Android Stats and Tricks from OpenSignal
One blog of note that is furthering the efforts of today’s mobile application developers can be found at the OpenSignal web site. Their recent Android Fragmentation Visualized report offers some unique perspectives on the challenges of writing Android apps that will perform as envisioned for the multiple versions of the mobile operating system that are currently in use.
The difficulties associated with creating a uniform user interface for the vast array of device types, with their many different screen sizes, that will deliver a predictable user experience for their apps, are shown with informative charts and graphs that highlight these singularities.
The authors of the report posit that due to Android’s skyrocketing growth and success, these manifold differences will continue apace as well. They further assert that these variations on the Android theme, while undoubtedly posing conundrums for developers, are nonetheless more of a strength than a weakness.
That being the case, mobile developers should anticipate the ongoing need to test their app's performance while running on as many Android versions and device types as is practicable. That will assist in realizing an acceptable user experience across these variables.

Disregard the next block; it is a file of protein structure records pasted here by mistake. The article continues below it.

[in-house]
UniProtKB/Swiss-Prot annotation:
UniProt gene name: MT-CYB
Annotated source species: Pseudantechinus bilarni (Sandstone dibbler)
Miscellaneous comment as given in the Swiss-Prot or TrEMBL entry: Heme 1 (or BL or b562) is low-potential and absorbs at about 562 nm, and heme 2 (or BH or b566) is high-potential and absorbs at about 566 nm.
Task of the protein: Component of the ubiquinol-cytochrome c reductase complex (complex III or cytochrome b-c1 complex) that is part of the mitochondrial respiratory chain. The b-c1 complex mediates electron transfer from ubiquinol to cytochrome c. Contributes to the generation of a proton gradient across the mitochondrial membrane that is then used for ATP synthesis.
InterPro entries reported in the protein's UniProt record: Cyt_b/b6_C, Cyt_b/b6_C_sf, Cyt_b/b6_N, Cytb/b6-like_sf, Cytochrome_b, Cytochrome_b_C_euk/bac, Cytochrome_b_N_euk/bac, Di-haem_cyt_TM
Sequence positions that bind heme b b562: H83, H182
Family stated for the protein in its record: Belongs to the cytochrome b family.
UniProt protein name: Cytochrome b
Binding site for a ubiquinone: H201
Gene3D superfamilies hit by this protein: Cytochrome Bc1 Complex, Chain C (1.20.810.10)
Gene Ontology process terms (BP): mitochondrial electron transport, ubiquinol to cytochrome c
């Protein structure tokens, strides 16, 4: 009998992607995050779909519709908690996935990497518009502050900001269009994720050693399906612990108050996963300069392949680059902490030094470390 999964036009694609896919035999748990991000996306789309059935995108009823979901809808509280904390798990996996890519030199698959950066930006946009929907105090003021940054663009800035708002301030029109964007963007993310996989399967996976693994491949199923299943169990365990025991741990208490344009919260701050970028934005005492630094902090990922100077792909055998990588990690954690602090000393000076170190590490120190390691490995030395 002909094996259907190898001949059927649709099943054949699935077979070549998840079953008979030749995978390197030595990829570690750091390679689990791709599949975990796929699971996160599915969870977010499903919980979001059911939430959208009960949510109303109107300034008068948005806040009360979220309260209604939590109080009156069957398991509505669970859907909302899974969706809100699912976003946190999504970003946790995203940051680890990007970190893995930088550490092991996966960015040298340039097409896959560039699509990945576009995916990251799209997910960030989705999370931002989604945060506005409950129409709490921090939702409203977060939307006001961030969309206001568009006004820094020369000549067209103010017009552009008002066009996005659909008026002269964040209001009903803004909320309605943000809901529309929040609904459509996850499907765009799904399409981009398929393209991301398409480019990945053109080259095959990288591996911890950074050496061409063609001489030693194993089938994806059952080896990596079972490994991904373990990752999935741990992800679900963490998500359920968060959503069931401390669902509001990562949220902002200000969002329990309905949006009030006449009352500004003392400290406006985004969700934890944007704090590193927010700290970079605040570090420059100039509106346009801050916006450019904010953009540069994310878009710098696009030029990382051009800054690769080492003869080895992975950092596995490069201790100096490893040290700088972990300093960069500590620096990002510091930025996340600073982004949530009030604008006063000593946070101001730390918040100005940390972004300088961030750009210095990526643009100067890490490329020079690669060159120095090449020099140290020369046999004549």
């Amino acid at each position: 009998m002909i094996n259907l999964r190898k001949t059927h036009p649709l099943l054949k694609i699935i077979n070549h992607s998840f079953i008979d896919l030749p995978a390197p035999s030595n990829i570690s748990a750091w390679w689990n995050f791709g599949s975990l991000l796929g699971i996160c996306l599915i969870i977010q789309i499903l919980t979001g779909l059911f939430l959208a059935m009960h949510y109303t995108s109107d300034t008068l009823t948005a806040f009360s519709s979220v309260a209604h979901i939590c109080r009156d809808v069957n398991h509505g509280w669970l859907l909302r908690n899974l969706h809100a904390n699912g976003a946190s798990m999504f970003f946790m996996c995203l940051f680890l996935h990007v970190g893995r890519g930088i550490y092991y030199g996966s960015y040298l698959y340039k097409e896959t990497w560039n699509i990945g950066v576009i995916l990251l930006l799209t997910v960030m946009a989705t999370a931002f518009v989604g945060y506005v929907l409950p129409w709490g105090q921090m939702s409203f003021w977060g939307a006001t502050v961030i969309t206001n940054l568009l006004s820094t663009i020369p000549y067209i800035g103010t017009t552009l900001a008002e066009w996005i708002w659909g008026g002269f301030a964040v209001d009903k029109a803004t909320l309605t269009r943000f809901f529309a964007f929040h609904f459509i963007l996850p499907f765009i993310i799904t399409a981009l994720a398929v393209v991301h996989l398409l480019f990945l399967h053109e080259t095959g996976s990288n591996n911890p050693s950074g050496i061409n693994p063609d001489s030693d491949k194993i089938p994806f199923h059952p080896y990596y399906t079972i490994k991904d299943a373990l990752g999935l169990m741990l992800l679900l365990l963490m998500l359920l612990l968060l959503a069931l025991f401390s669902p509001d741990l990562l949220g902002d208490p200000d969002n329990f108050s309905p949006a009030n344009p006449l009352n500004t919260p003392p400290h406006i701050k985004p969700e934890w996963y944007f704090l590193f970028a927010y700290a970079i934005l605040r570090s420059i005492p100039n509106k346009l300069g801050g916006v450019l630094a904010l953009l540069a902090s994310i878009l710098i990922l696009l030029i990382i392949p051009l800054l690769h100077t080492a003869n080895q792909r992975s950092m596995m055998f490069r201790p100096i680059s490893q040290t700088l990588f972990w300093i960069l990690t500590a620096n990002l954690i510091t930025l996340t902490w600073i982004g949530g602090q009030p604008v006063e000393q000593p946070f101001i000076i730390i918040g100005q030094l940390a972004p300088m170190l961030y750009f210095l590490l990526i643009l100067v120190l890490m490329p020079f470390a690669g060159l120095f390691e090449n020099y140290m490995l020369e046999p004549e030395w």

Also stressed, due to the nature of Android’s worldwide user base, is the advisability of carefully considering the context of your app’s content to accommodate the many different cultural sensibilities inherent therein.
In a companion post by Open Signal’s James, entitled 40 Developer Tips for Android Optimization; methods for attaining quality coding are espoused. Such as in Tip 2, where James shows developers how to take advantage of the helpful Android resource folder structures. They can be used for tweaking screen resolutions and other visual attributes like switching between portrait and landscape or flipping layouts from right to left for Arabic language content, for example. For displaying your app on devices with smaller screens, the OpenSignal guru shows how to employ ActionBarSherlock to conceal the Action Bar to save that precious screen real estate. Elementary!
Tip 8 shows how to apply the Graphical Layout tool to preview your work on different screen sizes from the drop down menu. In Tip 9 James adjures against the scaling of all of your images. Tip 15 recommends ditching onDraw and instead custom coding your own graphs. Tip 20 says that for obtaining uniformity, developers should customize all of their user interface widgets.
Tip 21 shows how to make buttons change when selected using XML files. Tip 36 counsels retracing StackTraces because of its files being hidden by the ProGuard feature. Tip 39 encourages developers to start a device pool amongst their circle in order to have a good supply for app testing.
The differences between iOS and Android today, are much like the differences betwixt the Desktop Apple OS and Windows. Similarly, James implies that writing for Android is more difficult than for iOS. He recommends StackOverflow to beginning developers to help troubleshoot their code.
Ian Culling, Andy Powell & Lee Cunningham Dec 11, 2013